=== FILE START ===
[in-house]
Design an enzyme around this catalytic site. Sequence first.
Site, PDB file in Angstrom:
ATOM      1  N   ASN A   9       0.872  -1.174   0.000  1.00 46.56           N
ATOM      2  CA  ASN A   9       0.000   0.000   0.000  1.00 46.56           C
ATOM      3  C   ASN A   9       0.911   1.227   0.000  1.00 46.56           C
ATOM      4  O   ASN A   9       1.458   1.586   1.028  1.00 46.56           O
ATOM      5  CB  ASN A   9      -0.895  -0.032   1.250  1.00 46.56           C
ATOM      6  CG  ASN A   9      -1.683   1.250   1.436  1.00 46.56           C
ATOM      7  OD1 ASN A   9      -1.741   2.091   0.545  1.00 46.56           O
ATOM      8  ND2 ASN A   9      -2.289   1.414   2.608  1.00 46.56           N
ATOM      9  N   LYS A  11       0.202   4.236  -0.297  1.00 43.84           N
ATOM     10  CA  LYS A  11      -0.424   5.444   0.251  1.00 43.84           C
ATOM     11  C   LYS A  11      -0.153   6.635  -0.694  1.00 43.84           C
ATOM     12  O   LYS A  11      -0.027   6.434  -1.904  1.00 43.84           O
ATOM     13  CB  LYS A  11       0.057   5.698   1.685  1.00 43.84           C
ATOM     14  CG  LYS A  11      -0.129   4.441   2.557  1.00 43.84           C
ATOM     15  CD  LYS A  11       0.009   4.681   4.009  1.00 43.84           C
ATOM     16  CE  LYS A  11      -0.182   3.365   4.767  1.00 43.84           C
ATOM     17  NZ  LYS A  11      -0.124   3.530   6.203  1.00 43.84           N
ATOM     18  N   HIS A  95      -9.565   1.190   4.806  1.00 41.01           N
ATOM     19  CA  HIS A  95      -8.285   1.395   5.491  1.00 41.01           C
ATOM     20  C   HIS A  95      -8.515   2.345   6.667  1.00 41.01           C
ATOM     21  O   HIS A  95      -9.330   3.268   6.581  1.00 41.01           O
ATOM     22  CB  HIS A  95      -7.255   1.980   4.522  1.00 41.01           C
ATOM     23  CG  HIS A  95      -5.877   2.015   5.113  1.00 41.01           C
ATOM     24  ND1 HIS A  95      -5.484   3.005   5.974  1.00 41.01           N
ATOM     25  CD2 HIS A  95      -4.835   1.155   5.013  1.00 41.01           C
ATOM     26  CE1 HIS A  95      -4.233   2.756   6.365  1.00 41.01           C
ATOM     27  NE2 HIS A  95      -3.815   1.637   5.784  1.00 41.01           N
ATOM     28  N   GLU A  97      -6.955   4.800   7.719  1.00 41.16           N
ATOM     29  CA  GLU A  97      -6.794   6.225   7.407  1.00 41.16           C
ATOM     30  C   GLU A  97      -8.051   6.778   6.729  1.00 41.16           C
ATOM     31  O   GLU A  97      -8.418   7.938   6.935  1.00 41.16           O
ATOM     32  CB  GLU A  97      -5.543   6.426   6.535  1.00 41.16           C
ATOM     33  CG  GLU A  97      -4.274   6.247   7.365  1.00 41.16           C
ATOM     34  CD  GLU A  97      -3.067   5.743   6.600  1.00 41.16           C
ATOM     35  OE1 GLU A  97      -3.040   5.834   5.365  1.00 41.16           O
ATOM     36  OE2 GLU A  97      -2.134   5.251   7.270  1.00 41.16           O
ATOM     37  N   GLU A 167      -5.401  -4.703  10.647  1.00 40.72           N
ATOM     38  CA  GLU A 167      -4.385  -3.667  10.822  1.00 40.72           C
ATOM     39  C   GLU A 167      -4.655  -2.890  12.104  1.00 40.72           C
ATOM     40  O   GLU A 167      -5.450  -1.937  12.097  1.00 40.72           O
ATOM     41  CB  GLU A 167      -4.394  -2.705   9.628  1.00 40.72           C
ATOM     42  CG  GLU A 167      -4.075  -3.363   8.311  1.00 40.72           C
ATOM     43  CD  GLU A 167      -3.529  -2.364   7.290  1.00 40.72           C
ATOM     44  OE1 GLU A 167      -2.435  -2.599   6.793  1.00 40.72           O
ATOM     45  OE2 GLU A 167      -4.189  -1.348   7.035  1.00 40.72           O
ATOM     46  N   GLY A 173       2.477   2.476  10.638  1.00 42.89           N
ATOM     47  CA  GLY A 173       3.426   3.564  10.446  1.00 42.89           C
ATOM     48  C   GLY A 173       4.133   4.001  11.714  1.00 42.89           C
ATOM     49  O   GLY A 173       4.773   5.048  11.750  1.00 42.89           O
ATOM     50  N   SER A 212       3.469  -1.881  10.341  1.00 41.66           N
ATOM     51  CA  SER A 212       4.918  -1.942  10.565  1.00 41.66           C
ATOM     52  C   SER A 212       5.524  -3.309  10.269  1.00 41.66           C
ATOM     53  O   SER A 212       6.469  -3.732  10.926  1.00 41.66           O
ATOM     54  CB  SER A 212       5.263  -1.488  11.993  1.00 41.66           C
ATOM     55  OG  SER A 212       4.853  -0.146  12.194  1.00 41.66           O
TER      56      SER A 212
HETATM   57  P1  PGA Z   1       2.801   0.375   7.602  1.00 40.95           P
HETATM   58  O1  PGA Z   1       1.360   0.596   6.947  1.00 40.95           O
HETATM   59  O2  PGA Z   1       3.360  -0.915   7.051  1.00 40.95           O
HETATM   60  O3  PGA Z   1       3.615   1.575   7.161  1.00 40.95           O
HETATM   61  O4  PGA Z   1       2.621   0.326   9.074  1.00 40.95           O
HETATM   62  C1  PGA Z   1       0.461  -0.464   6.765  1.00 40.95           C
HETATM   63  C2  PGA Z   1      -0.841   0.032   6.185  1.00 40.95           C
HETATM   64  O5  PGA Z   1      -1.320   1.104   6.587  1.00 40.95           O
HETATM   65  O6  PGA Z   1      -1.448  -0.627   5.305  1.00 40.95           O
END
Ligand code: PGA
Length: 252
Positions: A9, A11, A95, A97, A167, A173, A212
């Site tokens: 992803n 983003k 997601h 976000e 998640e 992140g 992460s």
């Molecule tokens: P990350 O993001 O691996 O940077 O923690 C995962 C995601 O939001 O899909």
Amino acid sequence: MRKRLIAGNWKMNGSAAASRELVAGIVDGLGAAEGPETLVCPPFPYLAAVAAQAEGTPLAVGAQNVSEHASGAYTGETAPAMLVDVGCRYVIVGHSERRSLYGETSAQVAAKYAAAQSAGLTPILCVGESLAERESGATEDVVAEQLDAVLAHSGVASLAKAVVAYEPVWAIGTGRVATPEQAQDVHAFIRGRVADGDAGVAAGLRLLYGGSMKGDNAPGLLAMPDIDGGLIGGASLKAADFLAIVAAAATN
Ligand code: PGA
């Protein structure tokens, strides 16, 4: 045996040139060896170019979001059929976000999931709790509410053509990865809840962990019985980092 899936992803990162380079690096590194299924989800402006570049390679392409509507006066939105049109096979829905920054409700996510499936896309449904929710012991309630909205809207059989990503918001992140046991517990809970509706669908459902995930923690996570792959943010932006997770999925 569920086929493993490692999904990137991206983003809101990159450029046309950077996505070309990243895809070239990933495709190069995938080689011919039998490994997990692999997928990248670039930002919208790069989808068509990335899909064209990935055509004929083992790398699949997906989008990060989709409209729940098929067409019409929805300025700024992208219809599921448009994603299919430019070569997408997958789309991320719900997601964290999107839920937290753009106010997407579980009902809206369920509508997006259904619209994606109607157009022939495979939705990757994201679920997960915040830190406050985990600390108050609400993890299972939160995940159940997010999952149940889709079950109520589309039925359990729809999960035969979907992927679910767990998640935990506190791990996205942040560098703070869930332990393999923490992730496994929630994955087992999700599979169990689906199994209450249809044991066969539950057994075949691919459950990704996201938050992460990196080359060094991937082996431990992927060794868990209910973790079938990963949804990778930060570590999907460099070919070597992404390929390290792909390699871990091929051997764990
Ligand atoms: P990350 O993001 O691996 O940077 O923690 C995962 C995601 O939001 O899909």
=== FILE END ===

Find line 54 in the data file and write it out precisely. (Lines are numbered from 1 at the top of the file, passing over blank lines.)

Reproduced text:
ATOM     51  CA  SER A 212       4.918  -1.942  10.565  1.00 41.66           C